Some interesting questions about education, raised by (of all people) actor Tony Danza
It wasn’t one of my favorite shows, let me state that up front. And though I always liked the show’s star, Tony Danza, with his natural, nice-guy-with-rough-edges style of humor, I certainly never associated him with substantive issues or profound questions. But lo and behold, I came upon “What I Learned Teaching Your Kids,” an editorial written by Danza in USA Today on the subject of education. Danza has published a book on this (I’d Like to Apologize to Every Teacher I Ever Had [Crown]), based on his recent experience of becoming a teacher for a year at a public high school in Philadelphia.
The overall editorial is definitely worth reading and I’ll bet the book is, too. But this particular BQ from Danza jumped out at me:
The question I still wrestle with is, ‘In the midst of a tough economy and continuous budget cutting, how do we send a message to students that being in school and making the most of their time there is important?’”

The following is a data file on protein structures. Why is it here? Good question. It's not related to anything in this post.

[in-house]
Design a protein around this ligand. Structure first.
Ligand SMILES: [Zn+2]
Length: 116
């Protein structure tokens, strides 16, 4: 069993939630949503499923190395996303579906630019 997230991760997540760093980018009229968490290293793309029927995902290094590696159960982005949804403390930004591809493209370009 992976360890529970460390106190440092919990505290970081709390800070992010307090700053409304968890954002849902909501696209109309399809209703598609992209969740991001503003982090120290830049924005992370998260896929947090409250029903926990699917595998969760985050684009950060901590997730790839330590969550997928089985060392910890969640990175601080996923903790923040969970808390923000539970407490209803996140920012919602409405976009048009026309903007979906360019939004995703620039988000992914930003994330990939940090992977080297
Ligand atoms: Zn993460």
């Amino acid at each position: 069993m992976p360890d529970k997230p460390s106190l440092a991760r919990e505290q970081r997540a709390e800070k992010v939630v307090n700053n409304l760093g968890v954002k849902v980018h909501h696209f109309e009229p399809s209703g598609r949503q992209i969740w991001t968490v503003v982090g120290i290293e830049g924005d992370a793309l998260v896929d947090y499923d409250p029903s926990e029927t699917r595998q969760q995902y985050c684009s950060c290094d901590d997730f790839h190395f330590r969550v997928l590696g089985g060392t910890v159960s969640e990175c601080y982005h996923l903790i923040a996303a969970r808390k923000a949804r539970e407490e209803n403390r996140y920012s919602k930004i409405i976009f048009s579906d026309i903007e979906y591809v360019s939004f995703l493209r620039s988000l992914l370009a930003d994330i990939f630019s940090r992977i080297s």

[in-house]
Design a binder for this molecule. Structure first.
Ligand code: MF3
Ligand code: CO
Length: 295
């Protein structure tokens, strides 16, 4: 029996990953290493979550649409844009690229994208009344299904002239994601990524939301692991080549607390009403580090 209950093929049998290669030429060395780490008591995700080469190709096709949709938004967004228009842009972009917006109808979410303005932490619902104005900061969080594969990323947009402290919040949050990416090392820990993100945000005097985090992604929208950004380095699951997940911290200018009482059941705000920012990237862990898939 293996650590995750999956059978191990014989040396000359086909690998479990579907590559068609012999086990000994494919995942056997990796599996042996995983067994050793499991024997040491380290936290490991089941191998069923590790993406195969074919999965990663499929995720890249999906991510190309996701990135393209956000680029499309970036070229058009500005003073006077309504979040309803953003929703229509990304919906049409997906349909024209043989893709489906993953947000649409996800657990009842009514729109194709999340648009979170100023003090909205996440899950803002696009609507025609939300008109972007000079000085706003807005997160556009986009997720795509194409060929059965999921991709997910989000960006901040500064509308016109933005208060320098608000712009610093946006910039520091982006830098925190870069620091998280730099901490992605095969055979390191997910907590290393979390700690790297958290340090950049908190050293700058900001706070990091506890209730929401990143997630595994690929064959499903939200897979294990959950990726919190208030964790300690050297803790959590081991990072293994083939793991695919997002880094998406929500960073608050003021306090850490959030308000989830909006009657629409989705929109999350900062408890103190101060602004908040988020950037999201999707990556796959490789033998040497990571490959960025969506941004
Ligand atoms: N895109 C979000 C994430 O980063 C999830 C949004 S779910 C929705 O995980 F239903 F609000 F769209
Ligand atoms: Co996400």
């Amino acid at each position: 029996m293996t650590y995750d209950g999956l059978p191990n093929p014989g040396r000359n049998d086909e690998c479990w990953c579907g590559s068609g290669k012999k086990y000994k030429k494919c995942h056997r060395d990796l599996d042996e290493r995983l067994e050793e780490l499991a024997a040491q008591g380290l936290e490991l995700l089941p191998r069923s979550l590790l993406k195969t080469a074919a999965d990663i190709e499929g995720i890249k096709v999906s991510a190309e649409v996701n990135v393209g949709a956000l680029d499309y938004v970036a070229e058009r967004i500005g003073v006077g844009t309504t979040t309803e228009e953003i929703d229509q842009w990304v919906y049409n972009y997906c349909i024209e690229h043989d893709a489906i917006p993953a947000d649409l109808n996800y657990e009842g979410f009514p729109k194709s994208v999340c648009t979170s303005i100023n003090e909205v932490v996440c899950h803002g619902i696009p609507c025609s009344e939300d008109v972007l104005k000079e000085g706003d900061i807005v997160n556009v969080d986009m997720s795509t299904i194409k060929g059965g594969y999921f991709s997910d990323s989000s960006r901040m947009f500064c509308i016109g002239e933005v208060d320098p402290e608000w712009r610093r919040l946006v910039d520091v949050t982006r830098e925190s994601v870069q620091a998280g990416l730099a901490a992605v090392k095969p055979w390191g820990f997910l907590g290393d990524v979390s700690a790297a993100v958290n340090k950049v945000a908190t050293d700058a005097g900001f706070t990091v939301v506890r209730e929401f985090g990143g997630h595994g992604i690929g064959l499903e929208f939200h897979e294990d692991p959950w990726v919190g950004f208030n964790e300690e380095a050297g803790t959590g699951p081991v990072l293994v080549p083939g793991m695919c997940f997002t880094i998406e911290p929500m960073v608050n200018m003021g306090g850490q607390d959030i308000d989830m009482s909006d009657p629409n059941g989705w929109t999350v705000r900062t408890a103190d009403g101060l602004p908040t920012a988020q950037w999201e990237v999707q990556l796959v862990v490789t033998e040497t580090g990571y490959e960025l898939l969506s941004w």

Later in the article, Danza writes, “As a society, we have to make it cool to be smart. And kids have to understand that it’s their responsibility to do well—no matter who their teacher is, or the quality of their school. The bottom line: Kids need to want it. We can’t want them to get an education more than they want it for themselves.”
How do we do a better job of engaging students?
These are big issues and questions Danza is raising. Lots of people in the education world are currently grappling with them. The answers are not yet clear, but one thing we’re starting to figure out, as a society, is that the old factory-style model of running schools doesn’t cut it anymore. (For more on this, and for examples of exciting new models of education, be on the lookout for One Size Does Not Fit All: A Student’s Assessment of School, a book published this week (9/5/12) from AMBQ team member Nikhil Goyal).
Whether it’s achieved by changing the structural model of schools or innovating some of our teaching and testing methods, somehow we need to do a better job of engaging students—of encouraging them to keep questioning and exploring as part of the educational process. Many kids seem to begin their early years of schooling full of curiosity and questions—but by sometime around junior high, a lot of those same kids have become disengaged. When kids stop being curious in school—when they stop wondering and asking—they tune out. That’s when school becomes uncool.
I’m covering this a lot in my book, getting insights from people who, like Danza, have spent time in the educational trenches. They’ve seen what’s working and what isn’t. And more and more of them are now asking, How can we reinvent our approach to schooling? Can we learn new ways to learn?